08-05-2009, 01:11 PM
Welcome to the UU Mr. Turner.

BrotherUke
08-05-2009, 01:23 PM
Welcome Rick. This is a wonderful place to spend some time.

Rick Turner
08-05-2009, 01:25 PM
Pippin, happy to chat. If you'd like, I can call you on my Skype-Out line at any time. Send me your number in an email or message here and a good time to call.

Skrik...I do understand not liking electronics, but if you use a pickup and plug in at all, then the only issue becomes that of deciding at which end of the cable your first stage of electronics is located. As far as I'm concerned, any instrument with a pickup is "electric", and so you'd might as well optimize the signal path. That often means at least buffering the pickup from the influence and noise gain of long lengths of cable. Believe me, I do understand how poor on-board electronics can be. I also understand how good they can be and how they solve real problems in the real world. Even someone using a mic has "gone electric"...and some know how to use it to advantage, Bob Brozman and Del Rey being two prime examples. Neither could do the shows they do without relying on electronics to some degree. So it becomes not a matter of whether or not you perform electrically unless you stick to playing in your living room or kitchen or back porch. Once you rely on electricity, you might as well go all out to achieve "acoustic purity"...as paradoxical as that seems. Otherwise, sing through a megaphone and use a Stroh or National uke or a banjo uke!

uluapoundr
08-05-2009, 01:37 PM
Aloha Mr. Turner! Welcome to UU!!

outsidenote
08-05-2009, 01:48 PM
I met Rick Turner at Merlefest. He is a very nice guy and he let me play his "Bob Hope" Uke. The neck of it one comes from mahogany from Bob Hope's bar. It was awesome. Welcome to the Ukulele Underground.

Rick Turner
08-05-2009, 02:08 PM
Tom, that is the uke that led me to Tasmania. Louise Bell saw the uke being played by Phoebe Hunt, to whom I had loaned it, and then Lou asked Phoebe where it came from. The two of them came back to our D-TAR booth in the sponsor's tent, and the rest is history. With a few minor details missing...

That is my main "player" uke these days, and yes, the neck is mahogany salvaged from Bob Hope's poolside bar in California. My friend Jeff Lunsford remodeled the place and stashed the salvaged wood. I got some, and kept enough for the neck for my own uke. The koa in it was from Doug Dagenhart by way of John Reuter, and it was a piece that was originally to be for a guitar, but it split going through the resaw...split into exactly right for bookmatched top, back and sides for two tenor ukes!

benmealer
08-05-2009, 02:17 PM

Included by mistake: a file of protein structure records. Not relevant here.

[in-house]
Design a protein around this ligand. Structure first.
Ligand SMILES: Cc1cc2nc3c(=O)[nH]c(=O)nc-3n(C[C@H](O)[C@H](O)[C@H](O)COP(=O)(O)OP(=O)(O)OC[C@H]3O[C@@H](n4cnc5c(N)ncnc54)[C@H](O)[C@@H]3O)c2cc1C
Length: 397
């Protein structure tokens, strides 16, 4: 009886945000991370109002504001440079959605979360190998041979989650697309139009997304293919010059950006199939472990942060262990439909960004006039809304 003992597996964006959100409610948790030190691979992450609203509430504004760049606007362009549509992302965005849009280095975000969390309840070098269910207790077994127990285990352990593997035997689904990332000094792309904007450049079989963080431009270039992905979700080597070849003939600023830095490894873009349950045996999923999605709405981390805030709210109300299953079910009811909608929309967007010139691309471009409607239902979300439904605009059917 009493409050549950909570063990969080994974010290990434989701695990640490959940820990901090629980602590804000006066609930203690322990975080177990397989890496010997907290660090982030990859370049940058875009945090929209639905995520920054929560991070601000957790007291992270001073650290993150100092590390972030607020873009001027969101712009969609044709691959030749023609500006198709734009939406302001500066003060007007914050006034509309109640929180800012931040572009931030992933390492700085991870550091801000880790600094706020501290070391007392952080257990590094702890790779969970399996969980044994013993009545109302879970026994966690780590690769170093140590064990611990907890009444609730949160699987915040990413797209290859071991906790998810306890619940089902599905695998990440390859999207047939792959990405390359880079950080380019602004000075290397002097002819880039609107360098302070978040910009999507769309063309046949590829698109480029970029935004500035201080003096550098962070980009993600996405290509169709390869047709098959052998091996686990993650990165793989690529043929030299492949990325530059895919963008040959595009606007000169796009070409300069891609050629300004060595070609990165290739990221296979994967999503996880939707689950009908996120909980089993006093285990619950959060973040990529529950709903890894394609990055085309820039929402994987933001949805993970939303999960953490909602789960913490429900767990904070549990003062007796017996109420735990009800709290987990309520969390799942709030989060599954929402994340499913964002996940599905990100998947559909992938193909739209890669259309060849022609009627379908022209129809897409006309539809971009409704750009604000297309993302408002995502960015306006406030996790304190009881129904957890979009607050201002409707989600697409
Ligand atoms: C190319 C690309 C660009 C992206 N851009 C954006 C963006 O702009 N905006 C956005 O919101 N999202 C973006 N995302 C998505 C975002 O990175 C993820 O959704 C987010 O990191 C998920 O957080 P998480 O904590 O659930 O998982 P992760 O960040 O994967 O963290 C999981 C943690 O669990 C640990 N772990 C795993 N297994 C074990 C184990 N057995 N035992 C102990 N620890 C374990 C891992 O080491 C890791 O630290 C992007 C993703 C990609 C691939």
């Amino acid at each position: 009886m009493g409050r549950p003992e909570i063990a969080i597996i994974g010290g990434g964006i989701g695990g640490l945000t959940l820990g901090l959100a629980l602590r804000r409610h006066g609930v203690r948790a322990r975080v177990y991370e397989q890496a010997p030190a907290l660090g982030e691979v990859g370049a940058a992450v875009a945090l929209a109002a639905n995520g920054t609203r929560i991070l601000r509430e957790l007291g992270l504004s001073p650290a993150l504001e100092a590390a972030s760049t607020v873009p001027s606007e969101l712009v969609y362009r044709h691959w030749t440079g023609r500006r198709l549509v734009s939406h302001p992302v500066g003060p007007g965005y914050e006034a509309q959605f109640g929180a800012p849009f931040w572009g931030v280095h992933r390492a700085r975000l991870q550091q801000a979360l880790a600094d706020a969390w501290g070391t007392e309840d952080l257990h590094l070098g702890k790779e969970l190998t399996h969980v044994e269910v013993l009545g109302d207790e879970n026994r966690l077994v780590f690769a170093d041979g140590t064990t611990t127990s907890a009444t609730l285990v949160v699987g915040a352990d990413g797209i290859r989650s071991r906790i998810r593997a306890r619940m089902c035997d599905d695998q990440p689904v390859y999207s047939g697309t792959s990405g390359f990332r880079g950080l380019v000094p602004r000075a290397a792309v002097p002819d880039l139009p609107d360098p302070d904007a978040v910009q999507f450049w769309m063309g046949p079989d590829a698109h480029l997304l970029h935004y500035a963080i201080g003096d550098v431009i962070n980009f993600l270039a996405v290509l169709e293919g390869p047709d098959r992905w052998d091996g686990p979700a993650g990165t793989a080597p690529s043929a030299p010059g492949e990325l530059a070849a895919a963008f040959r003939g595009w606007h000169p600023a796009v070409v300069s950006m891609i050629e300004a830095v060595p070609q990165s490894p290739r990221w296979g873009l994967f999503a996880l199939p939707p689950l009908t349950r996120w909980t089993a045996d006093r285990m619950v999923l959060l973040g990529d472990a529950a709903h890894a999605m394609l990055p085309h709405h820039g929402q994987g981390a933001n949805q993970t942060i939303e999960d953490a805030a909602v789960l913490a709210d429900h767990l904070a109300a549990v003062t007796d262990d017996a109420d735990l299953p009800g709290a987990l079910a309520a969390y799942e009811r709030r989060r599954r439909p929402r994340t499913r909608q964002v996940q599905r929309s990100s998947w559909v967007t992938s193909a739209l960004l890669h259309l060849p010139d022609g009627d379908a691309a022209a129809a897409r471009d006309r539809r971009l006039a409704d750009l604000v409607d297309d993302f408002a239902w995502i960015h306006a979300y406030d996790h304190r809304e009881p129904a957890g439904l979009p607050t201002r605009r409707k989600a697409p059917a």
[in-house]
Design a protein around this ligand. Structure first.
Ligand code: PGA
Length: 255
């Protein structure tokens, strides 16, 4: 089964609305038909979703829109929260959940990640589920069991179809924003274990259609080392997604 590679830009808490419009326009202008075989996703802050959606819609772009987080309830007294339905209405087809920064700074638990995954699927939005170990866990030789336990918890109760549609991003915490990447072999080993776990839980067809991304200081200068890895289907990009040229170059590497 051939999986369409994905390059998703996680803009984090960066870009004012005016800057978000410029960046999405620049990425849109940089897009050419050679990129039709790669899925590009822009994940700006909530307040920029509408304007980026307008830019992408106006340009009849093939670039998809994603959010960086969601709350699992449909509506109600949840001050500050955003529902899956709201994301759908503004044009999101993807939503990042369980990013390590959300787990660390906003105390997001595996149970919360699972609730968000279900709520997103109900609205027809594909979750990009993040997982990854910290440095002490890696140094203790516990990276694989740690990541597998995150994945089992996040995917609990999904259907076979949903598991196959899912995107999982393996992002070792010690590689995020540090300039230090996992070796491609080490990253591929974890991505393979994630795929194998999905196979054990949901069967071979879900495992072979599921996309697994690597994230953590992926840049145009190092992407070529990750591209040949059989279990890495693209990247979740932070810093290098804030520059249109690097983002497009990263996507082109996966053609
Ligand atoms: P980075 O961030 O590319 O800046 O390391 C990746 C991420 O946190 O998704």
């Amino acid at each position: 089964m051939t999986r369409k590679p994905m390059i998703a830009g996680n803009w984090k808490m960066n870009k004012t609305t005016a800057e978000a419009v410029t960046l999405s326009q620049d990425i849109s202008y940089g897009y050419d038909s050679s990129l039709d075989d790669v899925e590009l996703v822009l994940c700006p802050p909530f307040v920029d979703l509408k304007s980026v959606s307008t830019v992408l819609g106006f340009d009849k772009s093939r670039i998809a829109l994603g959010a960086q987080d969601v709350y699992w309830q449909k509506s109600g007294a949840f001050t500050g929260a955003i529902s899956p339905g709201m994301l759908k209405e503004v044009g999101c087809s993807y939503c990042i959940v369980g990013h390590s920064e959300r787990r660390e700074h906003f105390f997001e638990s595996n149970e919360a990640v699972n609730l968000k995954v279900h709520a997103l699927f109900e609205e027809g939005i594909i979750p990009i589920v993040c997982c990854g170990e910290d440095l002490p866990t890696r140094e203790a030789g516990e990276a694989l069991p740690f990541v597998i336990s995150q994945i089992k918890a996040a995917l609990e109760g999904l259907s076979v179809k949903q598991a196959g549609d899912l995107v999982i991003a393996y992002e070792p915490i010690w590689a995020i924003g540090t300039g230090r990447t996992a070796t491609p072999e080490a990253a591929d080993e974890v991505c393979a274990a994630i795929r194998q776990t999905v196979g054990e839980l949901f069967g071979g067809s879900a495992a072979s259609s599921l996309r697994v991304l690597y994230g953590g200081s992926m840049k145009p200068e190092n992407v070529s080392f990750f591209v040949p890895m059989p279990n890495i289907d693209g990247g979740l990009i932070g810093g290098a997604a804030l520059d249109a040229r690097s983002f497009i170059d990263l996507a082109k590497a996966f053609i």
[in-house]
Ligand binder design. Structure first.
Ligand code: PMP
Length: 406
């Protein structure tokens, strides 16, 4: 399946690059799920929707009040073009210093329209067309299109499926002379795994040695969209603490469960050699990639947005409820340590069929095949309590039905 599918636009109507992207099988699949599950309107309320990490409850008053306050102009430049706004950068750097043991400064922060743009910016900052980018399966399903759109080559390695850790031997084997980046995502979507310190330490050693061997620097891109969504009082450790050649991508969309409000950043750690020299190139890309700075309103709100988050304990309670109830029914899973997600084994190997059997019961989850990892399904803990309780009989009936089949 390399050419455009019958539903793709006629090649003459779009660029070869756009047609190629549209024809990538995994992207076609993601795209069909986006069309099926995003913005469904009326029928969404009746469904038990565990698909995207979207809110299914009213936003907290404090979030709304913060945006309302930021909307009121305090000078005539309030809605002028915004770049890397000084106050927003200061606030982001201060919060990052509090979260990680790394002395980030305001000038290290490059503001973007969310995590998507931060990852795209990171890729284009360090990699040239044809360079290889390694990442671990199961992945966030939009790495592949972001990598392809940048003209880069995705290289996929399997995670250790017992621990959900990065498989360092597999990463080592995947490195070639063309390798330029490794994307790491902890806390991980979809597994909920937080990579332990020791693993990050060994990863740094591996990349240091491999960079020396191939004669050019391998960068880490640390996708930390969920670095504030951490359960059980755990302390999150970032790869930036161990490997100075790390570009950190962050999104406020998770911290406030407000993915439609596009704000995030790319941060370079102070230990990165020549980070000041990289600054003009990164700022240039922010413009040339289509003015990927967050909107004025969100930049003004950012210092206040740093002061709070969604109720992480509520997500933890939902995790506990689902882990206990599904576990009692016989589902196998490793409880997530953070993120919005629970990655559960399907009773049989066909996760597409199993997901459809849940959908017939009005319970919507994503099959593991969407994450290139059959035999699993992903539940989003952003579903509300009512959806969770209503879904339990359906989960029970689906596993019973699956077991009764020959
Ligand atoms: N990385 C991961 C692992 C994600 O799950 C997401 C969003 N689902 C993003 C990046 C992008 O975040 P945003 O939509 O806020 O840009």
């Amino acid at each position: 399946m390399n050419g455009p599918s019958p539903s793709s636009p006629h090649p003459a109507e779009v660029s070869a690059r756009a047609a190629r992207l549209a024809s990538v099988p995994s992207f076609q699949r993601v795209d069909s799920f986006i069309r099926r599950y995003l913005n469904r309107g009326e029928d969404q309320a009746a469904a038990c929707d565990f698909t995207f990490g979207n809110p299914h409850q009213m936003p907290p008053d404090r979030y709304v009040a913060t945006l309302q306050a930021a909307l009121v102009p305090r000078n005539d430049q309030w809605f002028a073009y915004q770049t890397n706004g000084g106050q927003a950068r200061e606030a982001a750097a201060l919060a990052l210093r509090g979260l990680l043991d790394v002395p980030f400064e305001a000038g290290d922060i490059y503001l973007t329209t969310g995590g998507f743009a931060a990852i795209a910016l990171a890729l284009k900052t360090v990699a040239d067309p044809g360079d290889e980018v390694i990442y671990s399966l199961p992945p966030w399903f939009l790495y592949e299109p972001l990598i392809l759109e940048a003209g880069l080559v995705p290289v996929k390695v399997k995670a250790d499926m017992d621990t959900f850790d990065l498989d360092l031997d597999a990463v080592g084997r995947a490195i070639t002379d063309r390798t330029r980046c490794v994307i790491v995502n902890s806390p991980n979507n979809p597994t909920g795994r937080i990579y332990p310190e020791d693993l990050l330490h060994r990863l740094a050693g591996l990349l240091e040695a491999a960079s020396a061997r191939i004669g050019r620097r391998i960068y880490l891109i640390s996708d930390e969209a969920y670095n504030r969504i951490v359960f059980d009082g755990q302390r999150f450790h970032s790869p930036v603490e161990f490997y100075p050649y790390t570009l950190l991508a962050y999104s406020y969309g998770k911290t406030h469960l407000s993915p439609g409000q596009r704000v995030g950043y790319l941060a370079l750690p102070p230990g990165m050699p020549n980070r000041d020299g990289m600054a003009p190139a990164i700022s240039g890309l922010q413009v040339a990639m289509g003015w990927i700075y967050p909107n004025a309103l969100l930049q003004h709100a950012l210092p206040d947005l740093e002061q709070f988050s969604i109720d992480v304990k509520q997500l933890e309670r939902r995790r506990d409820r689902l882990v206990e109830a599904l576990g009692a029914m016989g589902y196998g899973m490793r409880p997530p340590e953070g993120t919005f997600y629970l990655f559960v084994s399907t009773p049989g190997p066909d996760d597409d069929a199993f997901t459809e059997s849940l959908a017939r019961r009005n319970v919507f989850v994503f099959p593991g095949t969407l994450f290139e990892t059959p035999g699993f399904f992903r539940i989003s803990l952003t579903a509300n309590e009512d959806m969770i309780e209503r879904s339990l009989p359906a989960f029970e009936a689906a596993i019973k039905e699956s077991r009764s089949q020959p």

Hi, Rick! :shaka:

seeso
08-05-2009, 02:17 PM
Tom, that is the uke that led me to Tasmania. Louise Bell saw the uke being played by Phoebe Hunt, to whom I had loaned it, and then Lou asked Phoebe where it came from. The two of them came back to our D-TAR booth in the sponsor's tent, and the rest is history. With a few minor details missing...

That is my main "player" uke these days, and yes, the neck is mahogany salvaged from Bob Hope's poolside bar in California. My friend Jeff Lunsford remodeled the place and stashed the salvaged wood. I got some, and kept enough for the neck for my own uke. The koa in it was from Doug Dagenhart by way of John Reuter, and it was a piece that was originally to be for a guitar, but it split going through the resaw...split into exactly right for bookmatched top, back and sides for two tenor ukes!

Ha ha! Score! One day I hope to be able to check that uke out.

Rick Turner
08-05-2009, 03:45 PM
I'll be totally honest with you. My blinged out hyper figured koa "player" uke is not the best one we've made. It's good...very good, but not the best from a tonal standpoint. I think many luthiers will agree that highly figured koa is beautiful, but not the best top wood on the planet. Most builders I talk to prefer plainer koa for tone, but we are making these to make a living, and that often means making very strong visual statements.

All that does not keep me from loving this uke, but I'm slowly building myself a real tone tenor uke that will have some of Aaron Oya's milo for the back and sides and a beautiful old-growth redwood top. I'm also going to make myself either a full eight string taropatch or a six string uke in Brazilian rosewood and Adirondack spruce. That combo has made for some really great ukes here.

I made a spruce/milo uke for my friend, Louise, and that one is a killer sounding instrument. I also put a side port in it, and that's a really nice feature for a uke.

So far I've gone with Western red cedar for the tops of the 4 Day Pineapple ukes, and I've been very, very happy with the tone of every one so far. We've made tenors with spruce, western red cedar, and redwood tops, and they are all very good.

We have to be careful not to listen with our eyes too much.

Steiner
08-05-2009, 03:56 PM
Welcome Mr. Turner,

Can I have this ukulele for free

Compass Rose Lacy Sycamore (http://www.theblueguitar.com/item.php?item_id=121)

Just kidding (sort of) you make unbelievable instruments.

CoffeeMate
08-05-2009, 03:59 PM
A very warm welcome to you. Glad to have ya :D

UkeNukem
08-05-2009, 04:34 PM
Welcome Rick, UU attracts the cream of musicians, :bowdown:


And sediment like me! :biglaugh:

Providence
08-05-2009, 08:19 PM
Welcome to the board Rick! Its great to have you on the board. I love The Who haha.